Stanford Inn by the Sea – Mendocino, CA

April 20, 2009

I took a seat in the breakfast area at Stanford Inn by the Sea, relaxing back into my chair as I looked out over lush, green gardens to the blue of the ocean beyond. Soft music flowed through the air and, hands wrapped around a mug of fresh brewed coffee, I said a silent thank you for the peaceful atmosphere.

I’ve long been a Mendocino devotee, making yearly or, whenever possible, multi-yearly treks to soak in the fresh air, outstanding scenery and sense of life being lived as it’s meant to be. I’ve hiked on the bluffs, done volunteer work at the art center and holed up for weeks at a time to work on writing projects. But, until this particular visit, I had never been to Stanford Inn by the Sea.

With both my father and dog in tow, I needed an inn that would work for all of us, each with varying requirements. My father needed comfortable accommodations and photo opportunities. I sought peaceful surroundings and access to food that would suit a vegetarian diet. Thunder, my corgi-shepherd mix, simply wanted to be with her human companions, but, by default, needed pet-friendly lodging. We all found what we needed and more at this exceptional inn.

We drove in via Hwy 128, crossing from Cloverdale to the coast on a winding, scenic highway. Passing through the small towns of Boonville and Philo, we emerged from a redwood canopy to take in the fresh smell of saltwater and shimmering blue of the Pacific Ocean. Another few miles up the road, just before reaching the town of Mendocino, we turned right on Comptche-Ukiah Rd. and found our way to the inn, where we were booked for a two night stay.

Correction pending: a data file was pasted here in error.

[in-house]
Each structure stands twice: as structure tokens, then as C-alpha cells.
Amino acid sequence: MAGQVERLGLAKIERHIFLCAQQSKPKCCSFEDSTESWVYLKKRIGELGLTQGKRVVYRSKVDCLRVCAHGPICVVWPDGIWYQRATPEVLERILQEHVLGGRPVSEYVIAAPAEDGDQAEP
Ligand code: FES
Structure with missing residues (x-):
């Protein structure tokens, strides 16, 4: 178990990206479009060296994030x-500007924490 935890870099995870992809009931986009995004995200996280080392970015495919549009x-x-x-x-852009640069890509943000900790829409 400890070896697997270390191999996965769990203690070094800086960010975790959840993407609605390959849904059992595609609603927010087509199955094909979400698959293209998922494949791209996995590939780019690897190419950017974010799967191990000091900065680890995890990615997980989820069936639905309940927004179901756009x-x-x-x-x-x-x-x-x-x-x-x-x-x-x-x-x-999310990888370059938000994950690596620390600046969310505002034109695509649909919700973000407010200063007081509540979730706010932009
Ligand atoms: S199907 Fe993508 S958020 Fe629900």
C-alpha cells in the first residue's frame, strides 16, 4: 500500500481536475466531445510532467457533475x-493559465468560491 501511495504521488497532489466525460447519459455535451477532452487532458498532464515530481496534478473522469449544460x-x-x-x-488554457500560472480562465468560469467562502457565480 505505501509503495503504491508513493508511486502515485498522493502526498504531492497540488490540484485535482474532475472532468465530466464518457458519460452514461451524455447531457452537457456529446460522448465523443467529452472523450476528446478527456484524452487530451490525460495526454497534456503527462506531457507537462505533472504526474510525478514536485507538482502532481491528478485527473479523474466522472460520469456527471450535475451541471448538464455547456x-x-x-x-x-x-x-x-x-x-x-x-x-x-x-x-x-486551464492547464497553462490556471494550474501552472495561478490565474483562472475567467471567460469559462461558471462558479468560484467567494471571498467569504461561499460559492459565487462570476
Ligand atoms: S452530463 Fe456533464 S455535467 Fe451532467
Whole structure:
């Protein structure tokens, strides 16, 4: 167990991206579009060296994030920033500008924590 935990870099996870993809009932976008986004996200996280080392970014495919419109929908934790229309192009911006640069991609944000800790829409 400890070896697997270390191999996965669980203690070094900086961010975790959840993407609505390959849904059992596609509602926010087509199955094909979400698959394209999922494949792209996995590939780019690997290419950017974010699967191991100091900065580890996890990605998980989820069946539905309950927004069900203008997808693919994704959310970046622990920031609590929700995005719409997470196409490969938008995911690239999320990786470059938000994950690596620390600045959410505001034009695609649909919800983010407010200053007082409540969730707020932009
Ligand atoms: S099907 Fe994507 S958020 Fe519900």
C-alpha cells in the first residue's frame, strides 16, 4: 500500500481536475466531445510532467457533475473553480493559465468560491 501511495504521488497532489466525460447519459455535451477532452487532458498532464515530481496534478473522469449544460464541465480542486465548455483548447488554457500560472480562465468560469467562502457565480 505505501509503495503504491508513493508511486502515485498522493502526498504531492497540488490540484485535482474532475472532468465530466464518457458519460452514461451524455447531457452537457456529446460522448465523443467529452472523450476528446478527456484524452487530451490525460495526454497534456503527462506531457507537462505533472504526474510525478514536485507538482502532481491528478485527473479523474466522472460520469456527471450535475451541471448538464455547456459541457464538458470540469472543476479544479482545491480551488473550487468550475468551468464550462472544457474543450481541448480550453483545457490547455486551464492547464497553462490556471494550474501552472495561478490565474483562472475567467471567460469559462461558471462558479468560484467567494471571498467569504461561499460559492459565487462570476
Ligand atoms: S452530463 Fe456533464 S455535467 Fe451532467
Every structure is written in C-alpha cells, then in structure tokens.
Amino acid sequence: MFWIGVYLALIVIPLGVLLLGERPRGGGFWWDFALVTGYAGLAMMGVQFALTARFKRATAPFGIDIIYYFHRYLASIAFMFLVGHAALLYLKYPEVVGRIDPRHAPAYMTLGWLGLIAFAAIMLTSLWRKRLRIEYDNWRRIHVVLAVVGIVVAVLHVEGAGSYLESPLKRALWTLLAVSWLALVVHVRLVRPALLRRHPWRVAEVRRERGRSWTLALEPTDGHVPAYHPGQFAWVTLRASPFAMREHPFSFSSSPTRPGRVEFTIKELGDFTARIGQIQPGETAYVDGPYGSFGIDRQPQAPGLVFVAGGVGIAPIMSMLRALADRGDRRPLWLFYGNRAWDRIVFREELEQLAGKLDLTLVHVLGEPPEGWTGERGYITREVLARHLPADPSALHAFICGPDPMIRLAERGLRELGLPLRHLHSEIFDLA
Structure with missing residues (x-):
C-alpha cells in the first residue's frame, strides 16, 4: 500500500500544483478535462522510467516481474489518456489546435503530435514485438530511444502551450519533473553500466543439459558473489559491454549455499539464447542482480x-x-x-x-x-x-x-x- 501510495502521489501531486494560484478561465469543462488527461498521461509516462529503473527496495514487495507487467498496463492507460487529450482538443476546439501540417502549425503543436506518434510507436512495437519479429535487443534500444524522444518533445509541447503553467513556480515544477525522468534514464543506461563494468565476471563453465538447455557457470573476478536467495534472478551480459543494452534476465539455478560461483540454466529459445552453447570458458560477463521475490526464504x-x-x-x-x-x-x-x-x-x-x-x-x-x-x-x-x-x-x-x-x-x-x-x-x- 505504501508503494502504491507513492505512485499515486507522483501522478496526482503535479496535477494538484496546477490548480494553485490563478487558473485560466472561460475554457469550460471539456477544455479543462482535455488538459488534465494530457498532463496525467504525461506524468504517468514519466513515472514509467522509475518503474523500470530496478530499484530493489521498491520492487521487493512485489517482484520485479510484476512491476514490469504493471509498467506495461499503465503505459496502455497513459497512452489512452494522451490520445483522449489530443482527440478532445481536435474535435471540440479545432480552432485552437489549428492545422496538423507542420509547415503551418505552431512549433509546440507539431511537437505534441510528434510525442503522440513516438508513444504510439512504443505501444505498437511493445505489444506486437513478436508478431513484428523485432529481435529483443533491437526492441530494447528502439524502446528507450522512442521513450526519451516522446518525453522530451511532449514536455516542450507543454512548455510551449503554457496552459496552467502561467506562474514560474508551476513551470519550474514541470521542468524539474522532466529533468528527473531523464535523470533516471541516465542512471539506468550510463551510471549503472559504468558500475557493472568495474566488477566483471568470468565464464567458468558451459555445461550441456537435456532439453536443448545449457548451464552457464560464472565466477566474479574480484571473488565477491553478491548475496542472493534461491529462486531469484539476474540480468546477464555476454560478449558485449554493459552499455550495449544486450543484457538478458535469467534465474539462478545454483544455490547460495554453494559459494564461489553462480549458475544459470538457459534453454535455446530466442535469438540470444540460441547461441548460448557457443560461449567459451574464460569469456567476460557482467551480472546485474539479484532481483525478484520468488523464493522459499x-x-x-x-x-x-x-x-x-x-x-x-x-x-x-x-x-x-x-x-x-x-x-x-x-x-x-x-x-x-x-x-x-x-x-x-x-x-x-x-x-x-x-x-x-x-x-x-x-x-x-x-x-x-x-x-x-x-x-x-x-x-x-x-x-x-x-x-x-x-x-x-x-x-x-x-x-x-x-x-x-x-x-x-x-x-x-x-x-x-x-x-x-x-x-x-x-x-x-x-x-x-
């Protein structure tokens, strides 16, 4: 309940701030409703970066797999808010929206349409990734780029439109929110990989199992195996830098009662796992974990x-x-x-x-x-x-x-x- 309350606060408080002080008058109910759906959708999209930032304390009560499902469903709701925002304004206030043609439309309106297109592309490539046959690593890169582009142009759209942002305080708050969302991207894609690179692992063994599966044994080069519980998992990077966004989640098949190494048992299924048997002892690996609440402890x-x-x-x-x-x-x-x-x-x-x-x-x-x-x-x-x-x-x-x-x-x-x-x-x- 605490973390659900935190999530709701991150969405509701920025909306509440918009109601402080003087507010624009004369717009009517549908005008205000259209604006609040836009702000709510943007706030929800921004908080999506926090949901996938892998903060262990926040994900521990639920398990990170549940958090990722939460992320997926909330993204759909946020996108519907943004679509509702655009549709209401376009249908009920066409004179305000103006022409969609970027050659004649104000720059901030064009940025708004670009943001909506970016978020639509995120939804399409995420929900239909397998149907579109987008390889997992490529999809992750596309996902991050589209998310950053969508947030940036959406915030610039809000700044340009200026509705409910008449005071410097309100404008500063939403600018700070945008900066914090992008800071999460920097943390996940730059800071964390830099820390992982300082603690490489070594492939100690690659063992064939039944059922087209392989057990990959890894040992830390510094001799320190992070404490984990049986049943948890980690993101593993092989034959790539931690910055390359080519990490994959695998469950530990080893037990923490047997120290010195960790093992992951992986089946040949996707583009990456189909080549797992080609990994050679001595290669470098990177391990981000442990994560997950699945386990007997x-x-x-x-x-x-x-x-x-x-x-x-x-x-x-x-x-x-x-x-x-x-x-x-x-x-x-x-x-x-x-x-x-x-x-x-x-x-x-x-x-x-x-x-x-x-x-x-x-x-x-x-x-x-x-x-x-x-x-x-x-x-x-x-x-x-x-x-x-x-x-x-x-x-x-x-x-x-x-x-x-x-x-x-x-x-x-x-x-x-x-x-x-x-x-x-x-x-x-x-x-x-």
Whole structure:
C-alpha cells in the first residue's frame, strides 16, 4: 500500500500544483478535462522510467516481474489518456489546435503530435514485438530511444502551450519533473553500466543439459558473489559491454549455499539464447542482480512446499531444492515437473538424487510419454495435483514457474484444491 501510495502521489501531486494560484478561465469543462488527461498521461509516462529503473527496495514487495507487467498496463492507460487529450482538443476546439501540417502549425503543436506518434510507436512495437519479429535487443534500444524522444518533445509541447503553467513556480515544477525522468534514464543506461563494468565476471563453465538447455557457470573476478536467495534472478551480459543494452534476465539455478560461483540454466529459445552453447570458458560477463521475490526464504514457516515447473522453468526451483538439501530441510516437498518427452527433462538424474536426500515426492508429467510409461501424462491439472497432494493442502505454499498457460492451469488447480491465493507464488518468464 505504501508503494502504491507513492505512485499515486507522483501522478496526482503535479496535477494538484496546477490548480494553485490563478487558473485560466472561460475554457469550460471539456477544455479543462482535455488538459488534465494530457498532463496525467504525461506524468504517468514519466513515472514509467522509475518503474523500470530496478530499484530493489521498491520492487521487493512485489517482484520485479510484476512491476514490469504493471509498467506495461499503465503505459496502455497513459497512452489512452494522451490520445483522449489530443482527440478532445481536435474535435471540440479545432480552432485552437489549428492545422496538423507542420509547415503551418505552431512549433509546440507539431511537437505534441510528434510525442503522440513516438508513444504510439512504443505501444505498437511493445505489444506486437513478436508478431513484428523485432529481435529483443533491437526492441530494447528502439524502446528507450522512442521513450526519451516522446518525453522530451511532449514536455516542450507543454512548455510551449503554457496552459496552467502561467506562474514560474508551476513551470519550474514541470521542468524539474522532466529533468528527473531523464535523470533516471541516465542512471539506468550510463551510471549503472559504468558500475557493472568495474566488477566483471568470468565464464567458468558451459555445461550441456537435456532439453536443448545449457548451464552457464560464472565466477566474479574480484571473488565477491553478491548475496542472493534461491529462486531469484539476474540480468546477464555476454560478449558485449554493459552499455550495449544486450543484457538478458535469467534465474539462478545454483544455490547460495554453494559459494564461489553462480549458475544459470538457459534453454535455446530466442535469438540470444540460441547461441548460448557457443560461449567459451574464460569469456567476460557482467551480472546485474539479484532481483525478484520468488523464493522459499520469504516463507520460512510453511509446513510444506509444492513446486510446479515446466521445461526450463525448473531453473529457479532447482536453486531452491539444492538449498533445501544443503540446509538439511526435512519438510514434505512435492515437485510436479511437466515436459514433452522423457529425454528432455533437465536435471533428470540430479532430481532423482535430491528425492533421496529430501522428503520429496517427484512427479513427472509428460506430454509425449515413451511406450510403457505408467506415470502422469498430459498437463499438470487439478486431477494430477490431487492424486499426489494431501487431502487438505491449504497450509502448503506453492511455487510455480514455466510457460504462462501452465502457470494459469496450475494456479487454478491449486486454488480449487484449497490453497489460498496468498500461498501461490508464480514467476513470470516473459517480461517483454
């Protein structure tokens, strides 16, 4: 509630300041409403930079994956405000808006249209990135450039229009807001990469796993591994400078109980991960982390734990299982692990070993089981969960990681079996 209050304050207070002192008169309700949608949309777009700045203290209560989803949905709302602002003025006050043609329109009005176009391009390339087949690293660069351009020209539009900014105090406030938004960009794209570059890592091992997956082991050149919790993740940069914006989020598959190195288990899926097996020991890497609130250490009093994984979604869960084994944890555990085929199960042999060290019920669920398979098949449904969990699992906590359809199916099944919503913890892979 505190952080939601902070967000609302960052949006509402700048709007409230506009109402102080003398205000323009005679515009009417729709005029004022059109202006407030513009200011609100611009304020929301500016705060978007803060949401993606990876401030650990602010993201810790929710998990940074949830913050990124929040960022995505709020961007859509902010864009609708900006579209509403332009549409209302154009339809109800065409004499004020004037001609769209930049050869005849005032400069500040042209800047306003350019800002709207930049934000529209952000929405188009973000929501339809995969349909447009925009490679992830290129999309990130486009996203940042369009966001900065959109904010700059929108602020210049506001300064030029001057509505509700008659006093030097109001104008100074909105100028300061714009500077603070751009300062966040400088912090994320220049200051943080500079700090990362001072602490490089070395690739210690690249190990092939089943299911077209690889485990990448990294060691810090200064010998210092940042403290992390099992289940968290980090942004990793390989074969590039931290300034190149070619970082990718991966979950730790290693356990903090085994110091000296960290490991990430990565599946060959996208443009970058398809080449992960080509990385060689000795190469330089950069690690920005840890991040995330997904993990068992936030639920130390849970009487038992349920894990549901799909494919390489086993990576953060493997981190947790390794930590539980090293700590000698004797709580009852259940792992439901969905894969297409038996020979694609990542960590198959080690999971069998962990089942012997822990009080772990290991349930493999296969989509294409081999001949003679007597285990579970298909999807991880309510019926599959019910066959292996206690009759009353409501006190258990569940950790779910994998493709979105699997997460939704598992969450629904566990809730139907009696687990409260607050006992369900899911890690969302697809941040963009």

One flight of stairs took us to our room, which was perfectly situated midway across the second floor of the Big River Building. Our private deck offered an excellent view of the grounds and ocean. As an added bonus, the much-photographed Mendocino Presbyterian Church was beautifully framed between two tall pine trees to our right. The perfection in vistas was equaled by the room’s interior, which offered a queen bed, day bed with trundle, writing desk, private bath, refrigerator, coffee maker, flat screen TV, and fireplace, already pre-set for the evening.

Realizing how much there was to explore without even leaving the property, it’s amazing we made it into town. The inn has expansive gardens and sitting areas, a pool building that’s open 24 hours, yoga classes on selected mornings, a “Massage in the Forest” studio, and enticing areas in the main building for relaxing in front of crackling fires. A hosted bar allows guests to pull up a barstool and enjoy a good Merlot or Chardonnay. And the gift shop, which meanders artistically throughout the lounge areas, has a wide enough selection of merchandise to keep even the most discriminating shopper browsing for a long time – books on vegan cooking, sustainable living, and pet-related subjects mixed with locally-knit scarves and hats, jewelry and candles.

Still, one of the advantages of staying at Stanford Inn by the Sea is its close proximity to the town of Mendocino, home to numerous eclectic shops, galleries, cafes and restaurants. As hard as it was to leave the inn, we headed into town to explore.